*Just a note to say that I wrote this before tonight’s quarter-final defeat to Uruguay if the references to Ghana still being in the World Cup seem a little odd.
Following England’s limp exit from the World Cup much has been made of the relatively high average age (28.1) of Fabio Capello’s squad, with questions being asked as to the structure and effectiveness of youth football in this country and the manner in which young players are schooled in the game at the grass roots level.
As fingers continue to be pointed and blame assigned over England’s poor performances in South Africa, Ghana, the host continent’s sole remaining representative in the tournament, are giving many of the more established powers of world football a lesson in how to successfully promote and manage talented young footballers at the highest level.
The youngest team in the tournament, Ghana’s squad contains eight players aged 21 or under and has an average age fully four years below that of England. Milovan Rajevac, the Black Stars’ Serbian coach, has exceeded all expectations since his appointment in August 2008 and balanced the natural ability and enthusiasm of his players to create a coherent, disciplined and yet fluent team more than capable of succeeding on the world stage.
Already having won the U20 World Cup in 2009, reached the final of the Africa Cup of Nations back in January and now in the quarter-finals of what is only the country’s second appearance at a World Cup, the Ghanaians have clearly struck upon what is both a workable and fertile formula for youth production, but what is it that they are doing right?
Arguably the major reason behind the flourishing of Ghana’s young players has been that the top level of football in the country, the GLO Premier League, has become an arena for the finest Ghanaian youth players to hone their talents. This commitment to introducing young prospects to professional football has been engendered through a combination of both willingness and necessity. The conscious cultivation of talent for the national team has been reinforced by players being poached by European teams and the Ghanaian clubs’ inability to pay competitive wages, factors which make any model other than youth development all but unworkable.
This faith in young players is borne out by Aduana Stars, the 2009/10 GLO Premier League champions, who claimed their title with an average age of just 22.4, beating Ashanti Gold – average age 21.7 – into second place. Indeed, the player voted the division’s best player this year, Mahatma Otoo, is himself just 18 and yet is already the captain of Hearts of Oak, one of the league’s traditional powerhouses, a clear illustration of the high regard with which youth players are held in Ghana.
However, this commitment to youth football is nothing new. The country won the World U17 Championships in 1991 and ’95 and was honoured by FIFA for its work with young players in 2002. A year later the Goal committee approved plans and agreed to provide half of the funds for a technical centre based in Accra which has, since its completion, trained specialists in all areas of the game, carried out significant development work in both youth and women’s football and provided the country with a national academy.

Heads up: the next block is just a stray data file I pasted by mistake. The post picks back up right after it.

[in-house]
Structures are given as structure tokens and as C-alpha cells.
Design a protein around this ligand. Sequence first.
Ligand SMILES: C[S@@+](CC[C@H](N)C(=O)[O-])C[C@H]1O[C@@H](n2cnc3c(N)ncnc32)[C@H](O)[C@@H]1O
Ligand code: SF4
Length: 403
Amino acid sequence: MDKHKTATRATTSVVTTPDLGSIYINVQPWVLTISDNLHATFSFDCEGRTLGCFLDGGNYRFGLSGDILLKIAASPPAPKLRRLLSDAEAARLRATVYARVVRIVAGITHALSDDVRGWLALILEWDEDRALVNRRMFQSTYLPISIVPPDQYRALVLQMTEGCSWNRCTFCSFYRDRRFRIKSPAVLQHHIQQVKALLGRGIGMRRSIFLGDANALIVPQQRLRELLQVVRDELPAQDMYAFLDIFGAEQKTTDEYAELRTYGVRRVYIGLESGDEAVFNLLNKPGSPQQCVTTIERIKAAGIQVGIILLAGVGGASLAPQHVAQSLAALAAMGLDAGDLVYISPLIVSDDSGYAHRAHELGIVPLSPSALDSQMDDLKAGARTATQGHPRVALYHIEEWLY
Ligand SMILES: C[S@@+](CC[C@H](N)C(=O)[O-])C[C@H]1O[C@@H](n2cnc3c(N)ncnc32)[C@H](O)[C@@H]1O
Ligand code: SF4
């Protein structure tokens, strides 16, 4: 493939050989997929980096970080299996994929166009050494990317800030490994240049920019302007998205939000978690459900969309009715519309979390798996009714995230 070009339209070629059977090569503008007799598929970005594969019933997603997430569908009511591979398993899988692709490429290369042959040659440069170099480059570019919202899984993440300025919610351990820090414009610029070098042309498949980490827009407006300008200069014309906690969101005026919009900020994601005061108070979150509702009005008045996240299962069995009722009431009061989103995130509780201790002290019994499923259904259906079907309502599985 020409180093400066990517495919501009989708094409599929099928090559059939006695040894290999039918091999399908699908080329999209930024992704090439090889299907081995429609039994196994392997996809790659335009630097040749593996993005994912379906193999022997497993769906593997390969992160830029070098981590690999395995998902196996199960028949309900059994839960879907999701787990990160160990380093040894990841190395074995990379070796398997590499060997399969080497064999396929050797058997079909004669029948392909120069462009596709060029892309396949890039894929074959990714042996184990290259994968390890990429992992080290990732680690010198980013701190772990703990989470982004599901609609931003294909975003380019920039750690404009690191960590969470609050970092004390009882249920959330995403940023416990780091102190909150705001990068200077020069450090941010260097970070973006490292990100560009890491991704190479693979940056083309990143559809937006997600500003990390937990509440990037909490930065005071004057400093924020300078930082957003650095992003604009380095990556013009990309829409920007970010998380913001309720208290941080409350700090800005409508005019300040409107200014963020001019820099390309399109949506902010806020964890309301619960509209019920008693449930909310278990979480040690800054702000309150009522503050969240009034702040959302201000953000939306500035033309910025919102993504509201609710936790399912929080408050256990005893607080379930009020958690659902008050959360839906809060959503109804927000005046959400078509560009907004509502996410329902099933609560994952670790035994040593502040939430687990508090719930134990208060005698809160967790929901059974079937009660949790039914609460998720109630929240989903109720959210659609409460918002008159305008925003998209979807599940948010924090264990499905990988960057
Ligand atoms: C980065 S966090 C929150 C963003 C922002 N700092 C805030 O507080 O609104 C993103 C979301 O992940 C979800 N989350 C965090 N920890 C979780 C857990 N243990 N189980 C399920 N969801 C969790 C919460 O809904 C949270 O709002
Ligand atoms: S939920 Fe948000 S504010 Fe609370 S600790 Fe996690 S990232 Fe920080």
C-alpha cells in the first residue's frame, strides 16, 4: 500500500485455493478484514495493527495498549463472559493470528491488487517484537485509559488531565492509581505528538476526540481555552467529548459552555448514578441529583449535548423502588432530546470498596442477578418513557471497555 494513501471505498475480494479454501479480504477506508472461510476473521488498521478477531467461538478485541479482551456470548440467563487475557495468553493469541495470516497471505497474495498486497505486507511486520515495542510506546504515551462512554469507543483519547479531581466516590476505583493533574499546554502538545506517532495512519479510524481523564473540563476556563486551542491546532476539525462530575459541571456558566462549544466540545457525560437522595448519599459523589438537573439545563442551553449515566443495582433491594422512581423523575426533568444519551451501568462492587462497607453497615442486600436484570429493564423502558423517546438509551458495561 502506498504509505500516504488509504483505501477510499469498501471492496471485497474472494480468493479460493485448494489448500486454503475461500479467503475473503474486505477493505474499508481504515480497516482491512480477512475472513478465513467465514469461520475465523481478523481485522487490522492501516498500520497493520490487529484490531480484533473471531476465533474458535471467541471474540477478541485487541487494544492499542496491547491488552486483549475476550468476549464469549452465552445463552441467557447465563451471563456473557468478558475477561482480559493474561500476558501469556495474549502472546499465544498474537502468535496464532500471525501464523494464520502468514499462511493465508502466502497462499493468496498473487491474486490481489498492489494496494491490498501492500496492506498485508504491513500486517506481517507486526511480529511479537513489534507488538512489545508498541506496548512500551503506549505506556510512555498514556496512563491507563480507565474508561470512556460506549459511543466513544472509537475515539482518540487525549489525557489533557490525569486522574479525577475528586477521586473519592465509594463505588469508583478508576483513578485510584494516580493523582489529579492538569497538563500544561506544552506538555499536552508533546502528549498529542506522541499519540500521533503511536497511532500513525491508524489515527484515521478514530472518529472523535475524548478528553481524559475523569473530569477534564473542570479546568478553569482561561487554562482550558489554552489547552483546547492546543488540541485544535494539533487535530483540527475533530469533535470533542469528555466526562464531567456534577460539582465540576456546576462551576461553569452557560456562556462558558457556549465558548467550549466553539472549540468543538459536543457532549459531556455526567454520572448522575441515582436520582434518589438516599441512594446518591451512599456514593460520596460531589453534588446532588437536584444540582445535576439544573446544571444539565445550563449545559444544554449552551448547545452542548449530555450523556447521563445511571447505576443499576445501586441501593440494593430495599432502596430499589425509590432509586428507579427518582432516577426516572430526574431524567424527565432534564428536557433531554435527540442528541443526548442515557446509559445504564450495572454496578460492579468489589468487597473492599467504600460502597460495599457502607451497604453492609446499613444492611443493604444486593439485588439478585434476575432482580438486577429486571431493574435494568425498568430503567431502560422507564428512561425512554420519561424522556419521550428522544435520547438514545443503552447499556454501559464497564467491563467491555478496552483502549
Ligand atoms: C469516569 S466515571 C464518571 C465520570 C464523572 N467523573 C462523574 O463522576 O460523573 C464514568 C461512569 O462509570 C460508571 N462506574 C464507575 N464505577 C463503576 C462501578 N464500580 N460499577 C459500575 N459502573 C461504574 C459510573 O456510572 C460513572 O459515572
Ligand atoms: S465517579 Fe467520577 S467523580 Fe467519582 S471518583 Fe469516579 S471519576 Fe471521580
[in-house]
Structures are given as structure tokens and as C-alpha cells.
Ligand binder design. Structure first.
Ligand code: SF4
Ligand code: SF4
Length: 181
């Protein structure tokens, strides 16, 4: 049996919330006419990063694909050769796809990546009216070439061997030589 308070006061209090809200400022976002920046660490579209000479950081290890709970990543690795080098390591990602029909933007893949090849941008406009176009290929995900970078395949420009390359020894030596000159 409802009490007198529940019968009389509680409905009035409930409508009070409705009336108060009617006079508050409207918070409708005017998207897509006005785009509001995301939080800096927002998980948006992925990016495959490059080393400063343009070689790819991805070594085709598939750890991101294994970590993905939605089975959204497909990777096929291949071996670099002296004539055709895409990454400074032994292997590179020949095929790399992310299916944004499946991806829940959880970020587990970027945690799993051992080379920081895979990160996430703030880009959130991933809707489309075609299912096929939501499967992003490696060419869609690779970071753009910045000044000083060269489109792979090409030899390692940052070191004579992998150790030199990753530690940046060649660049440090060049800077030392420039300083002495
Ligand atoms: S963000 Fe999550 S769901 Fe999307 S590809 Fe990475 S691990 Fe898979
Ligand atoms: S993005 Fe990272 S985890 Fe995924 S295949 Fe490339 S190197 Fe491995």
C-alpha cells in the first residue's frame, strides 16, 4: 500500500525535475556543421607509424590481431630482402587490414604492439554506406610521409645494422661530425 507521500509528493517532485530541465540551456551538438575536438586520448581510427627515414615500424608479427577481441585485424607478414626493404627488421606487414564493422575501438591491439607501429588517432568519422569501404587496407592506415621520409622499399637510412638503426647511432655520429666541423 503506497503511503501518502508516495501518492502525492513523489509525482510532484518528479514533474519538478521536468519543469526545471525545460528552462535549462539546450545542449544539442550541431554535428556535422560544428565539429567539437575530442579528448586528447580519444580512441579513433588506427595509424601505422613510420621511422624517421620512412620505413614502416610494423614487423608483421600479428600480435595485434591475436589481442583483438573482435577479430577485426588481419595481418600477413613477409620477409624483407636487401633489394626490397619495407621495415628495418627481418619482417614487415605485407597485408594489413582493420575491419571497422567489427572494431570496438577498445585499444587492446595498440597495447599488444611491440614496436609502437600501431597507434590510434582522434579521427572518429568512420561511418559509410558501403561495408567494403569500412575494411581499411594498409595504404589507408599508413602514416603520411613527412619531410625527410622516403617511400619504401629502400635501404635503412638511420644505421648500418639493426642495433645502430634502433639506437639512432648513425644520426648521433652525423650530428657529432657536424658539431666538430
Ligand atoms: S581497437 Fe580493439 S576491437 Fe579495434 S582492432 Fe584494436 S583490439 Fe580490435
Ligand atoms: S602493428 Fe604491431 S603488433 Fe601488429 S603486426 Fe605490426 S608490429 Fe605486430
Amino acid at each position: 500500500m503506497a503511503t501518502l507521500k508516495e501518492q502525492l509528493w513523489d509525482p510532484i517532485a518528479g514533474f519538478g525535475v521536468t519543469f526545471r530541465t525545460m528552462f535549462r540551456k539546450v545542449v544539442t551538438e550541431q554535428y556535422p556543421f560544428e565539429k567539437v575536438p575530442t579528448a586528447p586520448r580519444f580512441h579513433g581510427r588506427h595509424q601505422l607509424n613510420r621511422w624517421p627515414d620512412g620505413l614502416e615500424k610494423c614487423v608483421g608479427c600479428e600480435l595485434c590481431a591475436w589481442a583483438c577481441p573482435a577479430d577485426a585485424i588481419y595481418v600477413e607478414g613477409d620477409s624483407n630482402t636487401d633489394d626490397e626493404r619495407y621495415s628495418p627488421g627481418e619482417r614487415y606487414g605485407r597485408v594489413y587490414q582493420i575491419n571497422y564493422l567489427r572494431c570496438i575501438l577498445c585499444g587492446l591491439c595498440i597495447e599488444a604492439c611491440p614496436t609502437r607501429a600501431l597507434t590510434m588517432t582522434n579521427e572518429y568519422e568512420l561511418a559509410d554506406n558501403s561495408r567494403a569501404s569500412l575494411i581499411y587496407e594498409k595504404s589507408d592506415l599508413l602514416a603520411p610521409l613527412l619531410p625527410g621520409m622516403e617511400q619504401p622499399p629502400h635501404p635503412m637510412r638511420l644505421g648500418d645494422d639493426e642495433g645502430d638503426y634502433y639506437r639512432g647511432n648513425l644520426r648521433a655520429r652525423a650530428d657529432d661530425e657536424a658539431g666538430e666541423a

The English FA’s proposed equivalent to such a centre, the much-maligned St George’s Park complex in Burton-upon-Trent, was only approved earlier this year after eight years of delays and is still little more than a building site.
Andy Farrant, manager of the Right to Dream football academy in Accra believes that the key to Ghana’s success with youth football is a continuity of personnel and system at all levels within the national set-up:
“Many of the players currently at the World Cup played at U17 and U20 level, gaining valuable experience of international and, more specifically, tournament football. Players in the junior national teams are generally in camp for months on end and become used to playing together in the same system and style which is used by the senior side. This consistency really helps the players to thrive at international level.”
Farrant also sees a regional mentality that places far more importance on youth international football as vital to the process:
“The commitment from the Ghana Football Association to promote young players through the ranks of the junior national team regardless of their club commitments has also made an impact. The emphasis on junior internationals in Ghana and throughout West Africa is huge, similar to representing the team at the senior level”.
With these overriding policies and attitudes in place, the Black Stars have provided a sound template for youth development programmes around the world and the shining example that Ghana has given surely deserves far greater recognition than it currently receives. The country’s FA has demonstrated that careful planning and intelligent forward-thinking can bring about positive results in the long-term, something that their English counterparts have repeatedly disregarded in their rash attempts to throw money at deep-rooted problems in the hope of finding short-term solutions.
In light of the dismal recent performances of Capello’s team, the administrative bodies of Soho Square could do far worse than imitate elements of the Ghanaian mentality and model of football organisation at all levels as they re-assess their priorities in the coming months.